What happens when government spokespeople start saying things like this:
June 4 (Bloomberg) — Hungary’s economy is in a “grave situation” because the previous government “manipulated” figures and “lied” about the state of the economy, said Peter Szijjarto, spokesman for Prime Minister Viktor Orban. The forint fell for a second day, dropping as much as 1.8 percent.
“It’s clear that the economy is in a very grave situation,” Szijjarto said. “We need a clean slate to formulate our economic action plan, and the fact-finding committee will provide just that.”
“It’s no exaggeration” to talk about a default, Szijjarto said today.
What happens? Stuff like this happens:
Still, we’ve seen this kind of forint-funniness before. Plus, plenty of people think there’s more than a little political posturing taking place here. The below, for instance, is from BNP Paribas’ currency team:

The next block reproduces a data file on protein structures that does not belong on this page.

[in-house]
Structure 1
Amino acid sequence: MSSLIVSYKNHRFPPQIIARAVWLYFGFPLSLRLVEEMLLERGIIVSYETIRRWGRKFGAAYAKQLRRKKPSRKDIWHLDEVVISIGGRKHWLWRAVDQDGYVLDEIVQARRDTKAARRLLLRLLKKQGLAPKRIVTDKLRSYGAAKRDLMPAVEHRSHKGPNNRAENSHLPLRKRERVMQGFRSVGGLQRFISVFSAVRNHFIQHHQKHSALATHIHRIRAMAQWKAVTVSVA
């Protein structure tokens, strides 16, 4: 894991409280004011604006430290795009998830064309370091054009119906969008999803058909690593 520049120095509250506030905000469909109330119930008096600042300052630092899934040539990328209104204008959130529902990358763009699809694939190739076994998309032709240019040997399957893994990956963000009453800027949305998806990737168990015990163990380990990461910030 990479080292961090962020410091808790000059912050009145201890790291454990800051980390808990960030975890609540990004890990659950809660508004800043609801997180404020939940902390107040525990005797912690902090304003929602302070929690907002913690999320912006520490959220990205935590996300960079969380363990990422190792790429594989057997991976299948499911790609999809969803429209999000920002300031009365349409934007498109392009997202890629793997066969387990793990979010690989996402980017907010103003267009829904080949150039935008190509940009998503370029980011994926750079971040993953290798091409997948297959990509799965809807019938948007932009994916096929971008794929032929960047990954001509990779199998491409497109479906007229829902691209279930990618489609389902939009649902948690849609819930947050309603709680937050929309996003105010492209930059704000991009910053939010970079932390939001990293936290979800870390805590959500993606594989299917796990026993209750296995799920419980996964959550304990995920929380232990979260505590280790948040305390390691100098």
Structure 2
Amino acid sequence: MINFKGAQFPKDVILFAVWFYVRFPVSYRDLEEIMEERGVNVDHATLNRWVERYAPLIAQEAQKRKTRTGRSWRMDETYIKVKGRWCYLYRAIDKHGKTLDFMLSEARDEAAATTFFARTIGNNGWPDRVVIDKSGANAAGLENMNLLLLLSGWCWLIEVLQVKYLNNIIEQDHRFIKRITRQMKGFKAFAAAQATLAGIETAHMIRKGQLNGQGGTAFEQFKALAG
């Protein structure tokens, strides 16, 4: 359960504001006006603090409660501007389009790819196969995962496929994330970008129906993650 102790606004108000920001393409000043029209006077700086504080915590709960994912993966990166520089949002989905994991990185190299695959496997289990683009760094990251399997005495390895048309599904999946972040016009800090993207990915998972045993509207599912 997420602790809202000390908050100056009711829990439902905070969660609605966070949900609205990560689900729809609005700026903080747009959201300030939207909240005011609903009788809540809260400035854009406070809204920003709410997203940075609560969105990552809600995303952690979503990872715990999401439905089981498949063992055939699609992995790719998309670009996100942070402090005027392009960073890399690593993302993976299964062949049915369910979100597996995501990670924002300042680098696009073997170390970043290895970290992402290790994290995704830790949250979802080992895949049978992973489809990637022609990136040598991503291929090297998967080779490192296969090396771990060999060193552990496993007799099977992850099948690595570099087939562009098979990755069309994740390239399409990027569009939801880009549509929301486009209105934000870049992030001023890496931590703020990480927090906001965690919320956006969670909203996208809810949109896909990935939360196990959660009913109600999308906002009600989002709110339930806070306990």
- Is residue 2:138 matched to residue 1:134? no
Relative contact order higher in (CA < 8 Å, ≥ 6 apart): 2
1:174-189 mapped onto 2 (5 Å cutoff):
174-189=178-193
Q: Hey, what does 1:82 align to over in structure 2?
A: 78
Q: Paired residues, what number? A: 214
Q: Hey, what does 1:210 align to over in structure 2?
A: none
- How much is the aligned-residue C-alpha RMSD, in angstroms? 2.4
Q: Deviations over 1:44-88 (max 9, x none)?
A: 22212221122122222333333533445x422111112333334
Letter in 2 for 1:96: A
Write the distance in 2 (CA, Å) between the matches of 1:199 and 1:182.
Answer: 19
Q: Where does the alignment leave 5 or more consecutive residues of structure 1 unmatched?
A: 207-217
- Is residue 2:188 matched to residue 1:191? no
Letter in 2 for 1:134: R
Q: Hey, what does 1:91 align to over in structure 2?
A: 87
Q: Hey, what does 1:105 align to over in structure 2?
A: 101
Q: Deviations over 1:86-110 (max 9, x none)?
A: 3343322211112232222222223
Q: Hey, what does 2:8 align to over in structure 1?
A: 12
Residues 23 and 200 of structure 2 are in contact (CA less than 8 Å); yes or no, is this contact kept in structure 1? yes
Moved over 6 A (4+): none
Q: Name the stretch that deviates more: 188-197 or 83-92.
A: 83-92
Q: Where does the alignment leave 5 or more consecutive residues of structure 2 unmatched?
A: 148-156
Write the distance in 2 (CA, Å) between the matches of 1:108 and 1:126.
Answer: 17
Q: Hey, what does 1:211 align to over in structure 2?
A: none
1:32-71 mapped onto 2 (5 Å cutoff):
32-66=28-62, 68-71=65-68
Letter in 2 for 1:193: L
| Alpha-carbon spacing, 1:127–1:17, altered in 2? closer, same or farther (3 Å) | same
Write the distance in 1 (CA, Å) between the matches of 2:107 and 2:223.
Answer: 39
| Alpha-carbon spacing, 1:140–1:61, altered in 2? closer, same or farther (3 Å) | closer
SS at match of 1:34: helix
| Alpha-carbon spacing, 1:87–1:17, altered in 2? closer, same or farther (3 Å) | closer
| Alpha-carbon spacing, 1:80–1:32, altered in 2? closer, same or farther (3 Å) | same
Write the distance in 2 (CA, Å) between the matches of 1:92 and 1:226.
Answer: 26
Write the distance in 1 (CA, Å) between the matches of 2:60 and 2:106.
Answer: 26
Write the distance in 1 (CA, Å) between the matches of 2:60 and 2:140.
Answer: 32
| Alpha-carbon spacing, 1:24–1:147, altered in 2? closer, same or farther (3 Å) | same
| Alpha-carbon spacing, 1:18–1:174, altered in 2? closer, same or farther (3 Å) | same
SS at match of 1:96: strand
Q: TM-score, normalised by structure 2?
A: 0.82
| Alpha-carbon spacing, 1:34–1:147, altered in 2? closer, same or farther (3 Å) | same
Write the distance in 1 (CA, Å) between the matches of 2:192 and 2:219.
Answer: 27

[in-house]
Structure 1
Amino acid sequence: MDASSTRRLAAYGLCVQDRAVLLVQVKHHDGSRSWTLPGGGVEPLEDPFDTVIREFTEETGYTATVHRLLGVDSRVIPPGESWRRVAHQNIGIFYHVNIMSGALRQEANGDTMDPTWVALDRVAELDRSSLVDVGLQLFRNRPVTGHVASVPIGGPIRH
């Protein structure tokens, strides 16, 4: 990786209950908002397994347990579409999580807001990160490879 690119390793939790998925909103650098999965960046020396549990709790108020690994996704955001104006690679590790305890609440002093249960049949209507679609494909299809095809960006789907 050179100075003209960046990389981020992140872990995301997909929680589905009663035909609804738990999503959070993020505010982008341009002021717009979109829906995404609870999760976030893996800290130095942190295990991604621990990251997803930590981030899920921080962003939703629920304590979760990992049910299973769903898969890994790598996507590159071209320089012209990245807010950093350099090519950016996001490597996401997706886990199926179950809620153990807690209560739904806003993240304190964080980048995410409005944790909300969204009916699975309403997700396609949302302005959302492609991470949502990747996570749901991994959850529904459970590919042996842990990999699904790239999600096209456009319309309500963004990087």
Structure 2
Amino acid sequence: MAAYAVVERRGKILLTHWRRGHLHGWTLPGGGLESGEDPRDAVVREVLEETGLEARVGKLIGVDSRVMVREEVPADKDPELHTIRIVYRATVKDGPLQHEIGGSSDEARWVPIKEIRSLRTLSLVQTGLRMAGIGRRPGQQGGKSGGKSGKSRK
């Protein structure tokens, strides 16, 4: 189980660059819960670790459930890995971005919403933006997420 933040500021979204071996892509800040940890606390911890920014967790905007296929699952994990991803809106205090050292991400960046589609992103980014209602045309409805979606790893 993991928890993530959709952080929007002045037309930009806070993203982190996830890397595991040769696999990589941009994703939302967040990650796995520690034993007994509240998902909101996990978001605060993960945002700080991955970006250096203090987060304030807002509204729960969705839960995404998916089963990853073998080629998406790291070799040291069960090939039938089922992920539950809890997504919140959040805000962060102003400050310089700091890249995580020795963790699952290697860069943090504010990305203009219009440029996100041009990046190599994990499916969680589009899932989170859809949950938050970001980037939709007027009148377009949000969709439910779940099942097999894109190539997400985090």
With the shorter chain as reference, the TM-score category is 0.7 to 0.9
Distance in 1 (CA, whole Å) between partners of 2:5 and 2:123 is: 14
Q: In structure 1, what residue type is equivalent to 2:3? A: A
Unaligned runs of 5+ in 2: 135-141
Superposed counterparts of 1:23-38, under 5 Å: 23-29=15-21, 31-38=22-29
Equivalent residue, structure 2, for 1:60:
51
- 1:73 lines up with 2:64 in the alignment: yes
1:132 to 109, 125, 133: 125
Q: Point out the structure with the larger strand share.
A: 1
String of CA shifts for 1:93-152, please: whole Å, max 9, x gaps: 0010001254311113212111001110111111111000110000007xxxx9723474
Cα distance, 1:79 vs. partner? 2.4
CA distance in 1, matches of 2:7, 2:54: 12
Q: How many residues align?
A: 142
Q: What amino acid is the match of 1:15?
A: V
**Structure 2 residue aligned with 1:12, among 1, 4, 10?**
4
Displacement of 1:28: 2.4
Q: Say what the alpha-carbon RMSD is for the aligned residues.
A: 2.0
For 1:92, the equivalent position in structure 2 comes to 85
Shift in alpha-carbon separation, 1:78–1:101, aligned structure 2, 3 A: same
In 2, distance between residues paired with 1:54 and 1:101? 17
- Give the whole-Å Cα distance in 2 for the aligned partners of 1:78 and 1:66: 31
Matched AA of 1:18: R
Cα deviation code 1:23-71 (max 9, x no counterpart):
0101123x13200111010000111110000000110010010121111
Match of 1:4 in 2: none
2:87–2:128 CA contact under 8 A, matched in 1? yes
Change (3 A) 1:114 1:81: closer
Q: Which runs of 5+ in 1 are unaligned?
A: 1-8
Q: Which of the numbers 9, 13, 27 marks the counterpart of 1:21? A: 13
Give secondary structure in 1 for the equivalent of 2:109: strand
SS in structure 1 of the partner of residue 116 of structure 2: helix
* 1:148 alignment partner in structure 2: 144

“The euro is back under pressure and increasing concerns regarding Hungary are unlikely to help, suggesting that debt and deficit problems in Europe are extending beyond the eurozone. The vice Chairman of the ruling Fidesz party suggested that Hungary has a slim chance to avoid a Greek situation, while the European Commission warns Hungary that it has to cut it’s budget deficit faster. However, the comments from Hungary must be viewed as domestically politically motivated and hence are unlikely to have a sustained impact. But, EURUSD is already heading back towards the lows at 1.2110. A break below here will trigger a decline towards the 1.1645 area over the medium term.”
EURUSD is currently at $1.207 — more than a four-year low. Helped in part, by yet more government speech-acts:
RTRS-FRENCH PM – I ONLY SEE GOOD NEWS IN PARITY BETWEEN EURO AND DOLLAR
RTRS-EURO FALLS MORE THAN HALF A U.S. CENT AFTER FRENCH PM COMMENTS
Forget Club Med, Hungary might be next – FT Alphaville
Emerging Europe outlook: still bleak – FT Alphaville (2009)
Hungary NOT the next Iceland, apparently – FT Alphaville (2008)
The next domino to fall in eastern Europe? Not Hungary – FT Alphaville (2008)